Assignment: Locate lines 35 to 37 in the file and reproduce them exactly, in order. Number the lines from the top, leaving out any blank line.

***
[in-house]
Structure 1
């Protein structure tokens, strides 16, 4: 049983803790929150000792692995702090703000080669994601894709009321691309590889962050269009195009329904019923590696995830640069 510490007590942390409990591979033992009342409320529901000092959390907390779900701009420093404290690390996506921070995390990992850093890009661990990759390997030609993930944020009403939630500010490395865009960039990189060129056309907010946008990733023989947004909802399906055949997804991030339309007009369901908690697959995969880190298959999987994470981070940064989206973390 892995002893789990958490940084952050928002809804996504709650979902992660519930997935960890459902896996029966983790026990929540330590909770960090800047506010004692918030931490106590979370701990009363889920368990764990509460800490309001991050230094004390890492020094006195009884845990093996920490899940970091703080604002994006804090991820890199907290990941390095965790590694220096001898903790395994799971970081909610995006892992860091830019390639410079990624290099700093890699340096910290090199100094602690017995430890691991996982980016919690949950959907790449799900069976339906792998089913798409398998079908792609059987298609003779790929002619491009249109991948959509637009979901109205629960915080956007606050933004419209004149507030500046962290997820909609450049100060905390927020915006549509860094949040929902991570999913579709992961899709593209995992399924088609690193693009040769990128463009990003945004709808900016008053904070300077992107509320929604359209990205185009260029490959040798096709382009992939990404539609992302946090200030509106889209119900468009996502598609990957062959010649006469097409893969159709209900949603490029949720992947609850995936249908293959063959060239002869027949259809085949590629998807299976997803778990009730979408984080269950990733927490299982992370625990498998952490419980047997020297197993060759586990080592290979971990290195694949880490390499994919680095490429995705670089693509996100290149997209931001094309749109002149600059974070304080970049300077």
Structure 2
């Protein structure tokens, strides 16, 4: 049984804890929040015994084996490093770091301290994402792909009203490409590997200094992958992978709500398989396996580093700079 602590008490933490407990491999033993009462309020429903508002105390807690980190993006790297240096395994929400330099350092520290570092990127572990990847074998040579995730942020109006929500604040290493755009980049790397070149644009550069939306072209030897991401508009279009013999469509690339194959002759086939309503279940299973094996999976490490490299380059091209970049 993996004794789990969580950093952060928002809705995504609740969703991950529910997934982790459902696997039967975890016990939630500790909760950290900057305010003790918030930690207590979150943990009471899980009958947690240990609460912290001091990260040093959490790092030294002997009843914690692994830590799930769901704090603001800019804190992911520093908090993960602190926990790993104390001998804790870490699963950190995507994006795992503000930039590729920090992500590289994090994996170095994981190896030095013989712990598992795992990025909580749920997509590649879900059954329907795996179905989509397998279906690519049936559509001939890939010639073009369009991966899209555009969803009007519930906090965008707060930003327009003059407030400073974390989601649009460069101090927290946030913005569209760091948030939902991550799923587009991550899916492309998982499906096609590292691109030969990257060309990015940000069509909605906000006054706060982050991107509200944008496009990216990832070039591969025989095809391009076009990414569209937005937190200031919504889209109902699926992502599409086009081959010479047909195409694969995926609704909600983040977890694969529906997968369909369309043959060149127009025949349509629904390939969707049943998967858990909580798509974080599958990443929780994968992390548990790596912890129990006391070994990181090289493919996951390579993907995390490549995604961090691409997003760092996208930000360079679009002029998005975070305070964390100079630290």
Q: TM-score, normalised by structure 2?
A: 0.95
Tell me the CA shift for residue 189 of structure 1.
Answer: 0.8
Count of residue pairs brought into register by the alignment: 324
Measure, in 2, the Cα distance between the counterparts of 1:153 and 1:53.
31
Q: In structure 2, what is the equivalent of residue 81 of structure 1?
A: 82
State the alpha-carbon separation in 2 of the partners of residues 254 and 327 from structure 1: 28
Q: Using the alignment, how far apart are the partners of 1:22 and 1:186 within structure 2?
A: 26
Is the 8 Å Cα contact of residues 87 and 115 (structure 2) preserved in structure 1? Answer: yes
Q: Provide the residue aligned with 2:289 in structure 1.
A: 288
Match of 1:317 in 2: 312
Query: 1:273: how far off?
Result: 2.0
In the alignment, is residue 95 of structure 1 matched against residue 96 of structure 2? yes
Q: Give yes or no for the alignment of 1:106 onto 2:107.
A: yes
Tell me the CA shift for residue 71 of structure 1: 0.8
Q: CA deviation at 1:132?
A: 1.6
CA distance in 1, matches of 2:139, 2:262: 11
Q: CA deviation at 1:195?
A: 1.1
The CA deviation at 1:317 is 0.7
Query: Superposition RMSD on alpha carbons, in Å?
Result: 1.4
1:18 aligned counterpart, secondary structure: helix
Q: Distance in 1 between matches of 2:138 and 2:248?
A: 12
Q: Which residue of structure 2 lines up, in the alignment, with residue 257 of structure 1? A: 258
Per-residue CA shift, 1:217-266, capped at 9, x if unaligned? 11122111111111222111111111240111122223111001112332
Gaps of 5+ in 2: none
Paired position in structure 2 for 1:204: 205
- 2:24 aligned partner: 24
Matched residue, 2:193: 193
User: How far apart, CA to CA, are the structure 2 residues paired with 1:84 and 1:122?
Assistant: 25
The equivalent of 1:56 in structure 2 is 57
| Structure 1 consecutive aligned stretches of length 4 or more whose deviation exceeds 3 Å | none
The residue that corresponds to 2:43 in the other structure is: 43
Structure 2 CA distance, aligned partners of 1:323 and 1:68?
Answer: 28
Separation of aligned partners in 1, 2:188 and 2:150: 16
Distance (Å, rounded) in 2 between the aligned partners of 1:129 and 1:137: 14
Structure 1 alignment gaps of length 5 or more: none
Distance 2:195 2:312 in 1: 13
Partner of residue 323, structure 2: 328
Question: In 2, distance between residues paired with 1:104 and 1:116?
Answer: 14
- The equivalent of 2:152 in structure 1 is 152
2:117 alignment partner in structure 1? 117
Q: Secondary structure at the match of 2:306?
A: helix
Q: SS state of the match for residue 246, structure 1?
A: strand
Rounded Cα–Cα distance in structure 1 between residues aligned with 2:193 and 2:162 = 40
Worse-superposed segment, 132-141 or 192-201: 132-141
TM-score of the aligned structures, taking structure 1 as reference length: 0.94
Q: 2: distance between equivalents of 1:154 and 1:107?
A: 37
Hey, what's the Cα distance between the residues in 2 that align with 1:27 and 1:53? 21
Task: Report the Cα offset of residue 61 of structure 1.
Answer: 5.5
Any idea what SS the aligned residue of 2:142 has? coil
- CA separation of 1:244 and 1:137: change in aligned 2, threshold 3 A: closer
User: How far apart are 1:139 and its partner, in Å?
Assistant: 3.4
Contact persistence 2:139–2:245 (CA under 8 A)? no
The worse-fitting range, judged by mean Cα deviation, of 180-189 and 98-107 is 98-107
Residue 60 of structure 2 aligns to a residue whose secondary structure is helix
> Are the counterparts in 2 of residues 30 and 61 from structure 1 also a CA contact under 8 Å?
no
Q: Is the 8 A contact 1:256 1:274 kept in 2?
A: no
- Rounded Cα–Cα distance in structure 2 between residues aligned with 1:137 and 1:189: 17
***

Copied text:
Result: 1.4
1:18 aligned counterpart, secondary structure: helix
Q: Distance in 1 between matches of 2:138 and 2:248?